• The venue. Most FUDCons I've been to have been on a university campus, this one was no exception. ASU was in a good location and had usable wifi AND wired network access for us. Also, the network could handle FUDCon user capacity without falling over. Big win there.
  • The hotel. I was in the Courtyard Marriott. It was within walking distance of ASU and restaurants, had free usable wifi in the lobby, and had wired network access in the rooms. The hotel also gets points for having a liquor license that covered the lobby so we could freely drink in the hotel common area during our social events (for non-US readers, liquor license restrictions vary by state and municipality and can get really strange, most Americans assume you _can't_ have alcohol somewhere unless explicitly told it's ok.)
  • The city. I had never been to Tempe and was pleased to find it a good fit for FUDCon. There were great restaurant and socializing options, nearby stores for those who forgot equipment or toiletries, and light rail connection to Phoenix (I didn't use it for this, but heard others did). Tempe also features the Tempe Butte sort of in the middle of the town. I know at least two FUDCon people who went to the top on the last day.
  • The sessions. There were a lot of great session ideas pitched. I ended up doing two myself, but the ones I was able to attend were great.
  • The people. When the right Fedora people are in the same place for a few days, good things happen. You could see this just by wandering around the lobby on the session days, the rooms on the hackfest day, or just the hotel lobby.
  • The social events. I did not attend FUDPub because jet lag caught up with me, but the social events at the hotel were great. I think we overestimated the beverage needs, but I guess it's better to have more than to have not enough.
  • The availability of beefy miracle tshirts.
  • No food or drink in the classrooms at ASU. I did not care about the food so much, but not being able to have drinks in the rooms when our sessions run back to back was a bit of a disappointment.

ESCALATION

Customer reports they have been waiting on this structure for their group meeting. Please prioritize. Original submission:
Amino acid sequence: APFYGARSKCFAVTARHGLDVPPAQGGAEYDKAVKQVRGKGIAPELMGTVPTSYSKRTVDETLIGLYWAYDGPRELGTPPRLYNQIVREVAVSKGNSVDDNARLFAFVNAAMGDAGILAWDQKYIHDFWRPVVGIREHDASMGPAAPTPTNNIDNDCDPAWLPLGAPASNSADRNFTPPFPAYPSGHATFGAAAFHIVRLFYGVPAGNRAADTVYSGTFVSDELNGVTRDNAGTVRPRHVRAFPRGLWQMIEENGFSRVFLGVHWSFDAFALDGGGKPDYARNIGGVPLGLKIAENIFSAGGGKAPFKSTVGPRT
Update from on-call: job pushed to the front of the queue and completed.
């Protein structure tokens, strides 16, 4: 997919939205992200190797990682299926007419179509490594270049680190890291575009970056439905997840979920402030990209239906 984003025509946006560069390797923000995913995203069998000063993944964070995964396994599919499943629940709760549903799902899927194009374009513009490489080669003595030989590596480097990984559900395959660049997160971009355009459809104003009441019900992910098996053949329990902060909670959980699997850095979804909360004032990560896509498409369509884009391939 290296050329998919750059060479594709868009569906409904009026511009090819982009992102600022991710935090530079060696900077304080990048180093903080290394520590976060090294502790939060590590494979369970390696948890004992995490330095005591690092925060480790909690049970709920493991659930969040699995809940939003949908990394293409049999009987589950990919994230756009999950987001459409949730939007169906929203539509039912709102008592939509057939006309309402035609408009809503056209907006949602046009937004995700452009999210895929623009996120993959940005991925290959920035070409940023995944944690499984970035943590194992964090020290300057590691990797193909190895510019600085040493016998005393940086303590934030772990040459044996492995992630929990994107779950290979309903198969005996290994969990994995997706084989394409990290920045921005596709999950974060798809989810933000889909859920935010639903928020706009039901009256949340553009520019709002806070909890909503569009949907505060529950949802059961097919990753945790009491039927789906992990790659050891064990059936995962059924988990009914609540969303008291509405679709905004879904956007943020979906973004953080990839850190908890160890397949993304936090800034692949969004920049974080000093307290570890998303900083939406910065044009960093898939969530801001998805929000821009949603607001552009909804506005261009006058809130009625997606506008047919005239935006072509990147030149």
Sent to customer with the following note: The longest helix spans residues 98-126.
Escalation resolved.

• Limited whiteboard availability during the hackfests on the last day.
  • Far less usable wifi on the hackfest day, most likely related to the fact that we were in the student union building that day.
  • The hotel was next to a Union Pacific rail line (as in across the street) level crossing. I was fortunate enough to be on the other side of the hotel, but for people close to the tracks, FUDCon organizers distributed ear plugs.
Beefy Miracle:
Weird Things Noticed In Arizona:
  • Arizona law requires a copy of the US constitution be on display in every public classroom in the state (the link I provided specifics grades 7 through 12, not sure where ASU fits in to that).
  • Outdoor seating is common at restaurants, but they put huge propane heaters next to tables. I guess the Arizona locals really want their winter to be like their excruciatingly hot summers?
  • Locals wore coats.
Things That Could Be Done Better Next Time (event and for myself):
  • We had too much soda and liquor for the social events. I guess it's better to have too much than not enough.
  • I would like to see Coke Zero provided amongst the event sodas.
  • I brought two extension cords this time, one with 3 outlets on the end. Proved useful on hackfest day, but I should have also brought a wifi router so we could all easily link up for hacking.
  • Needed some Ethernet patch cables.
  • I need to verify the functionality of both laptops I take before leaving on the trip. My ThinkPad X301 was dead in the water at the event, so I only had my netbook.
  • The booklet was really useful, but I'd like it to be closer to pocket sized than US letter sized. I'm thinking half the dimensions of US letter would be sufficient.
In conclusion, great event. I'd like to thank the entire anaconda team for making it. It was the first time we were able to have a meeting with all of us in person.

Also thanks to everyone involved with event planning and coordination. I'm sure I'm likely to forget names, but the ones that come to mind are Jared Smith, Robin Bergeron, Ryan Rix, and Ian Weller. If I forgot your name and you were involved with event planning, post a comment or email me and I'll correct this post. You guys did a great job with this event!

And now I'm back in gloomysunny Honolulu awaiting my next trip to the mainland. If any Fedora people want to have a mini FUDCon in Honolulu some weekend, let me know.